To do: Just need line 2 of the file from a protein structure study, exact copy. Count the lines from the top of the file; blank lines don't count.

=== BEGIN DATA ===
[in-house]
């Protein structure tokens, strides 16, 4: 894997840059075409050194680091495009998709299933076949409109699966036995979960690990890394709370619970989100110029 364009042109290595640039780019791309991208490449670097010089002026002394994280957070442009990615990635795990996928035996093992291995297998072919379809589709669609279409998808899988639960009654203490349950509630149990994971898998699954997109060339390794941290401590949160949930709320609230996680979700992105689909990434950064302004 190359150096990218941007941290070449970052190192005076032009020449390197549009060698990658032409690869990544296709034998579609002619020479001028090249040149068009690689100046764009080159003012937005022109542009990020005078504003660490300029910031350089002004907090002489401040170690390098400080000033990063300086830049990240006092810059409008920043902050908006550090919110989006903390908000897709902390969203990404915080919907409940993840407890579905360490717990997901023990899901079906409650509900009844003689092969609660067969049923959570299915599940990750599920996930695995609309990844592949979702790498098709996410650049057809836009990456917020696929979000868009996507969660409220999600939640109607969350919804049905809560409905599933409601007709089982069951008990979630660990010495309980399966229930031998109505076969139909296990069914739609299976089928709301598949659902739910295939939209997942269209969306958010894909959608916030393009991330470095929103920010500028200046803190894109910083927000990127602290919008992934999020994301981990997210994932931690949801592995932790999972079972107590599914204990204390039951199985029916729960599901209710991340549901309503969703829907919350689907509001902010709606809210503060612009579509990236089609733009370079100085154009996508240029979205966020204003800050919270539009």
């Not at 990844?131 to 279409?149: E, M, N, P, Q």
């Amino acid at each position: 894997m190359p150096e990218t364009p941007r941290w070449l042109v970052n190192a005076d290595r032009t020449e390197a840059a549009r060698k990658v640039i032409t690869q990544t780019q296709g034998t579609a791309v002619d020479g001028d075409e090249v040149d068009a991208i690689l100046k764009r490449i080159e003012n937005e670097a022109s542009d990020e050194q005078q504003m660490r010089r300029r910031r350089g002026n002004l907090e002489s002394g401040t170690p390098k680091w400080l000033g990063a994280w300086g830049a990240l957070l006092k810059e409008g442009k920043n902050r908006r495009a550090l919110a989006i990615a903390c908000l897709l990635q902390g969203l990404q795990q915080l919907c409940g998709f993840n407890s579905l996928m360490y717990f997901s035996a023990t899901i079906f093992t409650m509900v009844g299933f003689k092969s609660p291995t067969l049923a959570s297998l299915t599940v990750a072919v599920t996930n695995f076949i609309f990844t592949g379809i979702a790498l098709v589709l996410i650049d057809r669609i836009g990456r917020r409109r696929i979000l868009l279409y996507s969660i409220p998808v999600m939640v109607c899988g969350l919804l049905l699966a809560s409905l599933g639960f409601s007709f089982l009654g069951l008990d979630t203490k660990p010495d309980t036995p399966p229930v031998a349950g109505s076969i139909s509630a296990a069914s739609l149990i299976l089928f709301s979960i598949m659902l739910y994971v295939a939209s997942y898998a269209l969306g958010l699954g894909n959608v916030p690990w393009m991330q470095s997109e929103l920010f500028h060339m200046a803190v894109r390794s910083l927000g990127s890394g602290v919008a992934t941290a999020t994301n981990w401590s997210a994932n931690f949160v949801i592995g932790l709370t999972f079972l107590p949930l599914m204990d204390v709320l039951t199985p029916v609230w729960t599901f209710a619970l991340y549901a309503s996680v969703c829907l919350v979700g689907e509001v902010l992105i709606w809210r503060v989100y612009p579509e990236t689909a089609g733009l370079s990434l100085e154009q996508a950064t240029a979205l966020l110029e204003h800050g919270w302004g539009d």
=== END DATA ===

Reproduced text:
């Protein structure tokens, strides 16, 4: 894997840059075409050194680091495009998709299933076949409109699966036995979960690990890394709370619970989100110029 364009042109290595640039780019791309991208490449670097010089002026002394994280957070442009990615990635795990996928035996093992291995297998072919379809589709669609279409998808899988639960009654203490349950509630149990994971898998699954997109060339390794941290401590949160949930709320609230996680979700992105689909990434950064302004 190359150096990218941007941290070449970052190192005076032009020449390197549009060698990658032409690869990544296709034998579609002619020479001028090249040149068009690689100046764009080159003012937005022109542009990020005078504003660490300029910031350089002004907090002489401040170690390098400080000033990063300086830049990240006092810059409008920043902050908006550090919110989006903390908000897709902390969203990404915080919907409940993840407890579905360490717990997901023990899901079906409650509900009844003689092969609660067969049923959570299915599940990750599920996930695995609309990844592949979702790498098709996410650049057809836009990456917020696929979000868009996507969660409220999600939640109607969350919804049905809560409905599933409601007709089982069951008990979630660990010495309980399966229930031998109505076969139909296990069914739609299976089928709301598949659902739910295939939209997942269209969306958010894909959608916030393009991330470095929103920010500028200046803190894109910083927000990127602290919008992934999020994301981990997210994932931690949801592995932790999972079972107590599914204990204390039951199985029916729960599901209710991340549901309503969703829907919350689907509001902010709606809210503060612009579509990236089609733009370079100085154009996508240029979205966020204003800050919270539009």